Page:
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Weekly Alibi Speed Reader

By Blake de pastino, Jessica English, Tracey L. Cooley and Julie Birnbaum

SEPTEMBER 22, 1997: 

Sex & Sunsets
by Tim Sandlin (Riverhead, paper, $12)

This Tim Sandlin fellow has gotten so hot--and so late in the game--that they're just now resurrecting his debut novel from out-of-print oblivion. And I must say, I'm kicking myself for not having paid attention the first time it came out. Sex & Sunsets is a Western, post-modern romance, the story of a schlemiel named Kelly ("the best dishwasher in Teton County") who falls in love with the beautiful, vaguely butchy Colette on her wedding day. The stunts Kelly pulls to get his woman are laugh-out-loud funny, but I don't think I'm overstating things when I say that there's also a deeper existential crisis at bay here. Sandlin's vision is both earthy and absurd, and his style is some kind of hybrid between Sam Shepard and Tom Robbins. Just don't be surprised if you find yourself reading it twice. (BdeP)



Suffragettes to She-Devils
by Liz McQuiston (Phaidon/Chronicle, cloth, $59.95)

Suffragettes to She-Devils just screams for your attention. Hot pink and fluorescent yellow, adorned in fat, loud-mouthed type, this oversized book is a visual history of propaganda throughout the women's movement. Color reproductions of designs spanning the 20th century adorn every page: "Votes for Women" rally fliers; crude anti-suffrage campaigns; well-known WWII propaganda; the nearly militant manifesto and graphic expression of the U.S. art activist group SisterSerpents; safe-sex and birth control campaigns; the abortion debate; hot and bawdy sexual equality designs; Dyke Action Machine! (DAM!) fanfare; domestic violence and rape prevention; AIDS education for women. But Suffragettes to She-Devils is much more than a history of women's lib; it's a study of how design has effectively changed our ideas about sex and the sexes, both politically and personally, from the beginning of the century to the Information Age. (JE)



Living on the Spine
by Christina Nealson (Papier-Maché Press, paper, $12.95)

Some nature writers have the ability to relate their experiences and make them seem extraordinary, while other writers transform nature into bland trivialities. Such is the case with Christina Nealson, who believes her viewpoint is superior to others. Her Celtic heritage influences her view of the world and the change of seasons, which provides the only interesting aspect of this book. Nealson lived in the Sangre de Cristos for four years, and in that time, seems to have lost touch with reality. Her experiences, which were undoubtedly beautiful, are highly personal and are written without regard to her audience. She gives way too many details about her menstrual cycle and experiences with men while not giving enough details about her secluded way of life. Nealson would be much better off living it instead of writing about it. (TLC)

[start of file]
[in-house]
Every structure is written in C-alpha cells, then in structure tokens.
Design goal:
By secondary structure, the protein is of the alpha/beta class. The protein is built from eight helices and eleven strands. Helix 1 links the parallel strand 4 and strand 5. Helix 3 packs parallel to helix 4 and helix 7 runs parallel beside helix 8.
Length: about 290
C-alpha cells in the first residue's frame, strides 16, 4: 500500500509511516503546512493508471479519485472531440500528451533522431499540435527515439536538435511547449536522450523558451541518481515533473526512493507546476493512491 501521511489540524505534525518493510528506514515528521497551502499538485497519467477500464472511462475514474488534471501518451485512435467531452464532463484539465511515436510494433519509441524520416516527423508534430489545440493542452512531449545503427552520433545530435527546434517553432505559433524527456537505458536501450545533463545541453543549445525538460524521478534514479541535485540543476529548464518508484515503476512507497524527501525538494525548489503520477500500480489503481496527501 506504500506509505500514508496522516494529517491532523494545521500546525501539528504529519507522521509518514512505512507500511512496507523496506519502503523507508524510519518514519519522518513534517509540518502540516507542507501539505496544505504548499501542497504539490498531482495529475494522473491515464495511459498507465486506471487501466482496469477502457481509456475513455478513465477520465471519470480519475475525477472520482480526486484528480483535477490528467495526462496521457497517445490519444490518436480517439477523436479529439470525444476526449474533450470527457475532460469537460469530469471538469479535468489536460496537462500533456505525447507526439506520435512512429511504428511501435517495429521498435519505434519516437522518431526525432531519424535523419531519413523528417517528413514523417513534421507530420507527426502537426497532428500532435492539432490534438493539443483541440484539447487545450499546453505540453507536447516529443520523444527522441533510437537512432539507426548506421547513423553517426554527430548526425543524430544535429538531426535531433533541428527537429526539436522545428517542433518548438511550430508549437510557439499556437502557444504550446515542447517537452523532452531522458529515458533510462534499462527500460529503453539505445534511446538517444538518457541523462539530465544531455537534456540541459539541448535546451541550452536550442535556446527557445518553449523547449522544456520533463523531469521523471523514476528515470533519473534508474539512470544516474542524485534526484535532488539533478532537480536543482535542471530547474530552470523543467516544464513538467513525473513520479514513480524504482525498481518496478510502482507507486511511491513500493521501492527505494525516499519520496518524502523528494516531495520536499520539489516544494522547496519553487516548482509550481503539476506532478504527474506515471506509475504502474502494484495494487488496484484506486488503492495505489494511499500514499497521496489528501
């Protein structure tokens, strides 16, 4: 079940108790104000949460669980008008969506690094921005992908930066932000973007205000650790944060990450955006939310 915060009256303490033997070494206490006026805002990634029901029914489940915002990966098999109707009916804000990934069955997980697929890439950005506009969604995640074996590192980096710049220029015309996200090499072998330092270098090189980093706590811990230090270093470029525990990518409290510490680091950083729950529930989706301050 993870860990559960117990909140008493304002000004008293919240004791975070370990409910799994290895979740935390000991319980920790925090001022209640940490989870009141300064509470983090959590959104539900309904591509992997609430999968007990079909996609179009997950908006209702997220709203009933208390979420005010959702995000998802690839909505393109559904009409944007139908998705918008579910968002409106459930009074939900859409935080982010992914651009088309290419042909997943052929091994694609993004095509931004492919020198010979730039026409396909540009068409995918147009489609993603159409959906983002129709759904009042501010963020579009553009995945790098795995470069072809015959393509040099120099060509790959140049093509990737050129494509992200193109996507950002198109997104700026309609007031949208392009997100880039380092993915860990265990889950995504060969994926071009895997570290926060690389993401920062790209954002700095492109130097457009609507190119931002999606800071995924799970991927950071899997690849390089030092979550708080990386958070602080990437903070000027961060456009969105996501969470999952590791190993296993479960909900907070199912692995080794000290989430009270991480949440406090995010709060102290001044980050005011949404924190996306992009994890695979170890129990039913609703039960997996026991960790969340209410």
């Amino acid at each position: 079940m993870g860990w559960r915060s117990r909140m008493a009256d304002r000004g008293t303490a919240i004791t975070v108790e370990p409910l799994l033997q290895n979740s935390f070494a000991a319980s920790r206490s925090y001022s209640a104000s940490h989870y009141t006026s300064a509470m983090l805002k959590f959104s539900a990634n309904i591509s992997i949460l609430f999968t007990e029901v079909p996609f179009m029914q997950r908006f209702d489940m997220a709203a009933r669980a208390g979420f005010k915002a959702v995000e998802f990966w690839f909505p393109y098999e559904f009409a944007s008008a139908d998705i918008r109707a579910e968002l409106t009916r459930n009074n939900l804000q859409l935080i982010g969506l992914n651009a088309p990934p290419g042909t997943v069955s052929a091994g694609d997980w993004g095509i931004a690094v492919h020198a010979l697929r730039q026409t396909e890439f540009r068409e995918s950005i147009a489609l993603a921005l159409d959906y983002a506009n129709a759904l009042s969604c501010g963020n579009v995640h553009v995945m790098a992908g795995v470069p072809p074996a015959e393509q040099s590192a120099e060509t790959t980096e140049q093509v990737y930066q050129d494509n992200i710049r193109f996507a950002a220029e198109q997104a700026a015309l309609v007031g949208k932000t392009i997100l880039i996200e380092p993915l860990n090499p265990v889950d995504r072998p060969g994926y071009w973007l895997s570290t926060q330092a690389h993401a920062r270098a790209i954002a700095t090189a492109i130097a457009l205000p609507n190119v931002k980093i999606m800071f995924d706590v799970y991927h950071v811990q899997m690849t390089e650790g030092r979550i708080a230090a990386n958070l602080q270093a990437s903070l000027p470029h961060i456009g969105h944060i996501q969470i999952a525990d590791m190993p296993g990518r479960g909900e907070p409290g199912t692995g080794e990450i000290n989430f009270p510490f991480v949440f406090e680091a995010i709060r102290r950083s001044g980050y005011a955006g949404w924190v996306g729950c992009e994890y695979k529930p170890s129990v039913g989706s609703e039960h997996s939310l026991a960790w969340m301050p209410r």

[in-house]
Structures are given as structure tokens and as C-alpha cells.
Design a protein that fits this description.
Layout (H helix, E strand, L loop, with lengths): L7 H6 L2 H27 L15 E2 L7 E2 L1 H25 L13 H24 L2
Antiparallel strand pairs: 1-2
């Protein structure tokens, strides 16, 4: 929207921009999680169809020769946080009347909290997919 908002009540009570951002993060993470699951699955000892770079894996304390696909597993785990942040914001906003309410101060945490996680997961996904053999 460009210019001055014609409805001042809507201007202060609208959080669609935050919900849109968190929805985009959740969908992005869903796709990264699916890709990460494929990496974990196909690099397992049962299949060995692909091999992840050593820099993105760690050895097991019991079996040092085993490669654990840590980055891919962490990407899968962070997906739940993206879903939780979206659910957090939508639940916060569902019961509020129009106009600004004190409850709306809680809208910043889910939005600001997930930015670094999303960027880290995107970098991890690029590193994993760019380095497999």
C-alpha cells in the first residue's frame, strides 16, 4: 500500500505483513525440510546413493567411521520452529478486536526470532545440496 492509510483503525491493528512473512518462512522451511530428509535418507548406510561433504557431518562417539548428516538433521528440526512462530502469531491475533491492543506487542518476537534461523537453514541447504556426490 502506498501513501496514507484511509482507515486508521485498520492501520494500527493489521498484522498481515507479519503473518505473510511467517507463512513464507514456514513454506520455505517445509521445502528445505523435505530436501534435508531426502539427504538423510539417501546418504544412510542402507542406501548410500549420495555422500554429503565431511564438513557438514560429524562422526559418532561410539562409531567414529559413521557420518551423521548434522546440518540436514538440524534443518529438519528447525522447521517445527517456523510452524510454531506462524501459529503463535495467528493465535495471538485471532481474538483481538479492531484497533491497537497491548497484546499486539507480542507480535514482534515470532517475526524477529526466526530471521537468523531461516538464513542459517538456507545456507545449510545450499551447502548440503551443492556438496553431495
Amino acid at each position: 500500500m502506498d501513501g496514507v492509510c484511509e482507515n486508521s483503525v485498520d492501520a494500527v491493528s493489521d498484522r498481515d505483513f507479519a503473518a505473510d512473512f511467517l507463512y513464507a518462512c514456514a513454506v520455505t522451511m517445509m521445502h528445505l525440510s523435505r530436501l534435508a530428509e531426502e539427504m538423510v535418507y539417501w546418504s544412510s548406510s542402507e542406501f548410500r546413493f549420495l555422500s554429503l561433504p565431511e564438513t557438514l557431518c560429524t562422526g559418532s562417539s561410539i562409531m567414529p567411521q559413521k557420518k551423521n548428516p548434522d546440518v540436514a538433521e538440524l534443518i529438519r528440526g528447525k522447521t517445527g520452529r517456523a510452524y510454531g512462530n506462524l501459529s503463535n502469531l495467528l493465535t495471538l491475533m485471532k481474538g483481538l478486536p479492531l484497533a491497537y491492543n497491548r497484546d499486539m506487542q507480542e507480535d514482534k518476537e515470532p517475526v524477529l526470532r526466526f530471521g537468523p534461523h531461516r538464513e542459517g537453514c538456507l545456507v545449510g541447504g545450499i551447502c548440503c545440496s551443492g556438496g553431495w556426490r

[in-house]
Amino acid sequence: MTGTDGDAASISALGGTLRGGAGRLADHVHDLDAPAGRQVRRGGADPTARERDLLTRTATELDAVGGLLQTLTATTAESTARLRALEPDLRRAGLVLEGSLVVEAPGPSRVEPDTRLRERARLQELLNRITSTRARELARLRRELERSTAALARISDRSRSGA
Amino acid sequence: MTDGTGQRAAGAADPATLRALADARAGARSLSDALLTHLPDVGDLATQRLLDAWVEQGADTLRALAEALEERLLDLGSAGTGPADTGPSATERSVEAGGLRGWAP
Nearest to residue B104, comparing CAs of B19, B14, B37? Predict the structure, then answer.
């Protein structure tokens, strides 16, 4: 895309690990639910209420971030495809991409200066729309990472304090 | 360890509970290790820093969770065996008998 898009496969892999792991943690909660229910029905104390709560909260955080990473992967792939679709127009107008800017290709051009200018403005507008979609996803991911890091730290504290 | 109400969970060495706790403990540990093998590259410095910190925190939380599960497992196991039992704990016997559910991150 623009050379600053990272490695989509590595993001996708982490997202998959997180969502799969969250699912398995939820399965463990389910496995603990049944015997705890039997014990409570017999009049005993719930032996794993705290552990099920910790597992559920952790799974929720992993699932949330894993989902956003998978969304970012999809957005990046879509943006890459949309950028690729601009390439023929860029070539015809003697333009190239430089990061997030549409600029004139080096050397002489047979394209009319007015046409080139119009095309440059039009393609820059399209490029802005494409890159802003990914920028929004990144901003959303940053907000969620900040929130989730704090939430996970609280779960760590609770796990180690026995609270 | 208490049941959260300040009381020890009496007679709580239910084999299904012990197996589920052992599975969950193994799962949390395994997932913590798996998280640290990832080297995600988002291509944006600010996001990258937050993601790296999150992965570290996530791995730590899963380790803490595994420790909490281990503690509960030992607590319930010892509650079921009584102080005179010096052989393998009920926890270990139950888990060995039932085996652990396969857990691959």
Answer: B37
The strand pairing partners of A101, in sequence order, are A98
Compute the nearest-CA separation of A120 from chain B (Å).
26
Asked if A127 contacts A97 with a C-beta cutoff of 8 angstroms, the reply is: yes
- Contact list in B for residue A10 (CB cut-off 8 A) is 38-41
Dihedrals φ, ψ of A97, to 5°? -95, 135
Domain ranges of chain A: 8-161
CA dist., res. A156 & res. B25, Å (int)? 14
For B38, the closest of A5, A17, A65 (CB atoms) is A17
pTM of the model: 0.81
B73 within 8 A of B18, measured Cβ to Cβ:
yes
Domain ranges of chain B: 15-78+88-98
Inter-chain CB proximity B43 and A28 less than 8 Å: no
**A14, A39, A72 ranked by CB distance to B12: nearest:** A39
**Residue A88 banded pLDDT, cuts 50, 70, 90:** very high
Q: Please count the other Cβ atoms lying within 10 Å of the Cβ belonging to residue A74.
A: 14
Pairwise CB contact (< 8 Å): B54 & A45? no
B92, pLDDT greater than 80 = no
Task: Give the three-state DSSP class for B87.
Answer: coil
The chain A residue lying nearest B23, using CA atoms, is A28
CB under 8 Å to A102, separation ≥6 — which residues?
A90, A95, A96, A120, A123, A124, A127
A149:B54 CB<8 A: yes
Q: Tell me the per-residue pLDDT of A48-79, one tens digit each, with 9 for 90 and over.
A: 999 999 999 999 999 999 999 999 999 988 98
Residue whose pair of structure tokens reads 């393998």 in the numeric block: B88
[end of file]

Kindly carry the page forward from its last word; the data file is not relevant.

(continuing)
The Far Euphrates
by Aryeh Lev Stollman (Riverhead, cloth, $21.95)

In his debut novel, Stollman has created a work of stunning eloquence and depth, a tale of a young boy's coming to terms with the ghosts of the Holocaust which continue to affect his family. The son of a rabbi, narrator Aryeh Alexander's lonely world is infused with the neuroses of the adults who surround him: an unhappy mother, a scholarly, burdened father, the cantor and his twin sister, both victims of Auschwitz. His struggle with the realization of the past and the understanding of his true "home" within himself leads to an unexpected form of religious redemption. The novel touches upon the power of words and the power of spirit, and how the two are tied together. All of these themes are wrought in elegant, haunting prose. Jamaica Kincaid has written that "we have met a great writer" in Stollman; I wholeheartedly agree. (JB)

--Blake de Pastino, Jessica English, Tracy L. Cooley and Julie Birnbaum


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